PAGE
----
We've all heard the phrase, "The Long Arm of the Law", right? Well, I thought it would be quite fitting to use this coined phrase when describing Multiple Sclerosis. MS doesn't just wreak havoc on your body, its damages can be felt emotionally and financially, not to mention the consequences on our relationships.
Let's first tackle what could happen emotionally. With MS comes feelings of hopelessness, sadness, self-loathing, and anger to just name a few. But the one feeling I never expected was grief. I pretty much felt like I was in mourning; I was mourning my former self. Sometimes I still feel that way. I was going through the five stages of grief which I thought only applied to the passing of a loved one. I believe I'm in the final stage - acceptance. Well, not entirely, I'm like 75% into it, but it's a work in progress. We're all just works in progress I guess.
Next up is finances. That's a doozy. It's hard enough living paycheck to paycheck let alone throwing MS into the mix. A lot of us can't work anymore due to our symptoms. It takes forever to get approved for disability and when you do it's barely enough to live off of. That constant worry and weight on our shoulders is enough to cause more flare ups. It also creates added stress on our loved ones which in turn creates more self-loathing. We see ourselves as more of a burden than anything else.
The last thing I'll touch on is the way MS affects our relationships. Sadly, sometimes relationships end because of MS, including marriages and friendships. I think it's probably due to all the previous complications I've already listed. All those things put such stress and pressure on our most treasured relationships. I've been lucky enough that my relationships have remained in tact but only because all parties involved worked hard at sustaining them. I'm not saying I'm better than anyone else, I'm simply saying that somehow, perhaps by sheer luck, we've been able to weather the storms. We've definitely had our share of fights and even months of complete separation. Yet it's constant work to keep those relationships strong and healthy. But even with pretty stable relationships the dynamics have certainly changed. Not so much on their part but on mine. I'm different, I'm not the same Lisa I used to be. I still feel alone sometimes and there are times I feel like an outsider. This feeling has diminished quite a bit but it still lingers.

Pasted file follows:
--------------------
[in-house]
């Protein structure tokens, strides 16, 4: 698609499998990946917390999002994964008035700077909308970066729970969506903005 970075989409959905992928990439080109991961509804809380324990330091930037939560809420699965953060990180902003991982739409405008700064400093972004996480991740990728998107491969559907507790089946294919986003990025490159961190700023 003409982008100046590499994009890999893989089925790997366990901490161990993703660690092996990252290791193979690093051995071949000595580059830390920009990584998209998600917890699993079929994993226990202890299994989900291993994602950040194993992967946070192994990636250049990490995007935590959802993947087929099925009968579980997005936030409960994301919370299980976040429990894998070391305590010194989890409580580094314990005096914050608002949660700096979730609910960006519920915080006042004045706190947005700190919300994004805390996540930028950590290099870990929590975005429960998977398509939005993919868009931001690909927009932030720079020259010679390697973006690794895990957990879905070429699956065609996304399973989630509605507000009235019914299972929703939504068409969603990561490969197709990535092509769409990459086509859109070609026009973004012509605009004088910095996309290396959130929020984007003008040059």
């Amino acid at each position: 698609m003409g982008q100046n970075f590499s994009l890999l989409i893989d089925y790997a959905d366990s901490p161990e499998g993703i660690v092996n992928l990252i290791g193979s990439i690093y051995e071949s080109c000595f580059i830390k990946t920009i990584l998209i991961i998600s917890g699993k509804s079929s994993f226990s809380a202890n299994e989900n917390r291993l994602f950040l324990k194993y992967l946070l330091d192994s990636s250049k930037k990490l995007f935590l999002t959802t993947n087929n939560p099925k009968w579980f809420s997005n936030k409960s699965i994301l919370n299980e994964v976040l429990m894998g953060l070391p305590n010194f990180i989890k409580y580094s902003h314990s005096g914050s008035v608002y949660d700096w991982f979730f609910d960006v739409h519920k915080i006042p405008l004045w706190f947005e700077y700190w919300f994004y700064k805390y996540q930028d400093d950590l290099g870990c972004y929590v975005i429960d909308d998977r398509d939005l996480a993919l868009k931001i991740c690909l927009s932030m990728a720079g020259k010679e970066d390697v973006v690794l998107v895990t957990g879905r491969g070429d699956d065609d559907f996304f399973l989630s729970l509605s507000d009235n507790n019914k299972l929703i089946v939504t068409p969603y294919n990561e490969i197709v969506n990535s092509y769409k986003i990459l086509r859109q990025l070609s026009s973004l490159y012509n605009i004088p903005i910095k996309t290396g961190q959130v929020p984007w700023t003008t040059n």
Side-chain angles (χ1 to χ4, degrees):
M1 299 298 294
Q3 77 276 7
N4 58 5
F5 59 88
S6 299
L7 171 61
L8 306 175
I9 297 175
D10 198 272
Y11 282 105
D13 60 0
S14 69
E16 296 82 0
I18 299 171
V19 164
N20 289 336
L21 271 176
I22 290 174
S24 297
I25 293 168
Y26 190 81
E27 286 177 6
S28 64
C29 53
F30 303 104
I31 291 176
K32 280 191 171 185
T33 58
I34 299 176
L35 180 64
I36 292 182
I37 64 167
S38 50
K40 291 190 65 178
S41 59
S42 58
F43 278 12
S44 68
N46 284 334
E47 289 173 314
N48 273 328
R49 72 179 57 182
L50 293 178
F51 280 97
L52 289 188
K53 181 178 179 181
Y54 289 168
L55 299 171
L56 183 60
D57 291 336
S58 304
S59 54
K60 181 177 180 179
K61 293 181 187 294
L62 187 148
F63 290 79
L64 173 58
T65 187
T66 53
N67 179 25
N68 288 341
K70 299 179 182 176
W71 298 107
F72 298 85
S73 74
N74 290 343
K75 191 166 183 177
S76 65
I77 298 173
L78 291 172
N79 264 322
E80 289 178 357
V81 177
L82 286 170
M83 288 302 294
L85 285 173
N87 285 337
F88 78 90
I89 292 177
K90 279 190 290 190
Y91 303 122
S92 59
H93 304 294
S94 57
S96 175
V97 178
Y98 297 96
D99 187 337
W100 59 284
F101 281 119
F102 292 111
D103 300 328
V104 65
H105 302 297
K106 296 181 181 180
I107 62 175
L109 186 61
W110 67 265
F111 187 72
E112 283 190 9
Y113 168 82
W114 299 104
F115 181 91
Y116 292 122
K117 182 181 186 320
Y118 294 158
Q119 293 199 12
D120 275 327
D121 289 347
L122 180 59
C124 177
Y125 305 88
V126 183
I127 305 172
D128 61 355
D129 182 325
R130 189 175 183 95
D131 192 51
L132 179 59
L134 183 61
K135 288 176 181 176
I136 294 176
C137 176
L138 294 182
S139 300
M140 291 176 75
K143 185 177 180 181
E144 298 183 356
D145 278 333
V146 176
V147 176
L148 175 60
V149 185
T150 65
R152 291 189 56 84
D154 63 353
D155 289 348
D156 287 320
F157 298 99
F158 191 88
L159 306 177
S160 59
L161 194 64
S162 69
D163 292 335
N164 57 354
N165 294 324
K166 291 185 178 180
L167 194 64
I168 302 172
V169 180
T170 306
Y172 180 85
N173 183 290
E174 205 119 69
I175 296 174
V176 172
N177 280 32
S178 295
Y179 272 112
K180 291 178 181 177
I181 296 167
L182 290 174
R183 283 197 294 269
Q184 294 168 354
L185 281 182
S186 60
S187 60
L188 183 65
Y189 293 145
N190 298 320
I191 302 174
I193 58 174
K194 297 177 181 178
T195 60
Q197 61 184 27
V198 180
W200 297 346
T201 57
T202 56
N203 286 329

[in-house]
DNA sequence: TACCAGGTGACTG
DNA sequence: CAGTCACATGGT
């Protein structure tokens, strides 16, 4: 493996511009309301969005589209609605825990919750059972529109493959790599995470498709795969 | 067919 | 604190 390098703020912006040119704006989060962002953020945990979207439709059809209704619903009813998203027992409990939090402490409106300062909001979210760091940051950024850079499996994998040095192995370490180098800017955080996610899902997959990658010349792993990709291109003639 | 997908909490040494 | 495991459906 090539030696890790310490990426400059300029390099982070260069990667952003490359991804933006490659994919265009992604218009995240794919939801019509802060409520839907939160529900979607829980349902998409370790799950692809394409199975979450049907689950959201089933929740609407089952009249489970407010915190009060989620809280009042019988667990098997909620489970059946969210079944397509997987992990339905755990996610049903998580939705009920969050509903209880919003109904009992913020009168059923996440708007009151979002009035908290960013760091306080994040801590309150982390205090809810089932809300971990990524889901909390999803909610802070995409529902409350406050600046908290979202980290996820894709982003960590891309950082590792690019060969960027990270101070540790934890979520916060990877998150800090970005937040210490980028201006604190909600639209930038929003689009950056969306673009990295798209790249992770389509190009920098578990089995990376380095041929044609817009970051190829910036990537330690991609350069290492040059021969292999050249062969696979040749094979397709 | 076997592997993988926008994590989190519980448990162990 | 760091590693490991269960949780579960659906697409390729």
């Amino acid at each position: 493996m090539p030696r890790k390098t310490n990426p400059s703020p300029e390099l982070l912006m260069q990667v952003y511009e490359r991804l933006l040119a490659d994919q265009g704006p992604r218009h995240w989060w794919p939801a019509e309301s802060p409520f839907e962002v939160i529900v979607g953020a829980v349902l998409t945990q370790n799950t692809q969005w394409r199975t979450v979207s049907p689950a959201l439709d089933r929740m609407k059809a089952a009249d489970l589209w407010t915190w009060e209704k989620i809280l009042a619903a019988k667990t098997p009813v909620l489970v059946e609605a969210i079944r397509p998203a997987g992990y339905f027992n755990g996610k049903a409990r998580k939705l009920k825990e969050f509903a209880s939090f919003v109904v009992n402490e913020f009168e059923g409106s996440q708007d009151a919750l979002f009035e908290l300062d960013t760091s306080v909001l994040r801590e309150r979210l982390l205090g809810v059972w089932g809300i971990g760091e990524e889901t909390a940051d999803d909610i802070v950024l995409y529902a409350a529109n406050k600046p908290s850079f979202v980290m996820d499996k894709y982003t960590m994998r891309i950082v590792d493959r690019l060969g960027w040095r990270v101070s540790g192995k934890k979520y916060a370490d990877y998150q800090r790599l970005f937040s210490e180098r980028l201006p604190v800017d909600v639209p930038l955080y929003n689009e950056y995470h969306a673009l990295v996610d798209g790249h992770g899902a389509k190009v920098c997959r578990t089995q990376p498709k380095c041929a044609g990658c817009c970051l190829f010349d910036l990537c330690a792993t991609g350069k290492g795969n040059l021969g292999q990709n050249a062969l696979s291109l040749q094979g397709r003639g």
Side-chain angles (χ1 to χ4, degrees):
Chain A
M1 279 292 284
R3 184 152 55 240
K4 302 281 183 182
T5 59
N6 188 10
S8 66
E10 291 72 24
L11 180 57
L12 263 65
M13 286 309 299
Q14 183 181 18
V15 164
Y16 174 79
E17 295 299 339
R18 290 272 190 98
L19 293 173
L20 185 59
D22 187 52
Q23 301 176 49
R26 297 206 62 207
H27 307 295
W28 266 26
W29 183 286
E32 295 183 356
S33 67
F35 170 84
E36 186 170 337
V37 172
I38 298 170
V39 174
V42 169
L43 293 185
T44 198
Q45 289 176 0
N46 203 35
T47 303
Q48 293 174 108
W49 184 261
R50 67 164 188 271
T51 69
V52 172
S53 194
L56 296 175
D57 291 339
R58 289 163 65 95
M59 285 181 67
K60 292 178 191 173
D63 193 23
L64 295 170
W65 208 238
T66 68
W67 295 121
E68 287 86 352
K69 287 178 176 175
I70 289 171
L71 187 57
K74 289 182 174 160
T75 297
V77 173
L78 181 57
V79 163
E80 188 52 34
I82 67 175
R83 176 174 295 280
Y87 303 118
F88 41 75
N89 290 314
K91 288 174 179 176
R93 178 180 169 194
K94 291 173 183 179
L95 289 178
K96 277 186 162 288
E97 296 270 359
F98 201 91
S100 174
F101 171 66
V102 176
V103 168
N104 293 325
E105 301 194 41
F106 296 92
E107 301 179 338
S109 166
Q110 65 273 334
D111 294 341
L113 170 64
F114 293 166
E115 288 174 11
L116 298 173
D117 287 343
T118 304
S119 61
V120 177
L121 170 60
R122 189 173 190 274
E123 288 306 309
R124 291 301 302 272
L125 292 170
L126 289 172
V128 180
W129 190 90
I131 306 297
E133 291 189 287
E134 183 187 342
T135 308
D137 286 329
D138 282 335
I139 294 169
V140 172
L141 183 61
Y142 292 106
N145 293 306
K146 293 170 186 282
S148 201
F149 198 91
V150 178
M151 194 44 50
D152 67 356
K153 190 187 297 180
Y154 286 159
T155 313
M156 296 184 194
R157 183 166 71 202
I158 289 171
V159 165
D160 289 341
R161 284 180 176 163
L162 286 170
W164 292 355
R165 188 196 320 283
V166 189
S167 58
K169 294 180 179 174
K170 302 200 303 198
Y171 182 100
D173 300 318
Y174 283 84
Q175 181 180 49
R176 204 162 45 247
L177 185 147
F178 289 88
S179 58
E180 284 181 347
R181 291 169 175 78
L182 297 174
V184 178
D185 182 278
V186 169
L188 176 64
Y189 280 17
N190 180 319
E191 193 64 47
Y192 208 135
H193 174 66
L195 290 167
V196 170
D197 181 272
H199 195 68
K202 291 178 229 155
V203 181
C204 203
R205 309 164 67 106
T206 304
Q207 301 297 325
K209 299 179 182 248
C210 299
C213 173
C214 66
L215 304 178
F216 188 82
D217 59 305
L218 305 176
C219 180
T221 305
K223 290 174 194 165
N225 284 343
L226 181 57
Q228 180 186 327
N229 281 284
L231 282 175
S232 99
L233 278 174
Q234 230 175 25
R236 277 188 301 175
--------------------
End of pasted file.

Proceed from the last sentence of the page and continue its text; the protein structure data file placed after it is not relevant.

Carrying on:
I wish I had the answer to all these tentacle - like effects that MS has on our lives, or even better a cure for the disease itself. Alas, I do not. What I will do is post some links I've found to be helpful in my own life. I admit it can be disheartening when a lot of organizations say you don't qualify or there's so much red tape to cut through, but we have to keep pushing along. I mean crying and curling up in a corner isn't exactly the healthiest of options.
To stay connected to other people afflicted with Multiple Sclerosis:
Monetary Financial Aid:
Directory of Personal Therapists Specializing in Chronic Illnesses: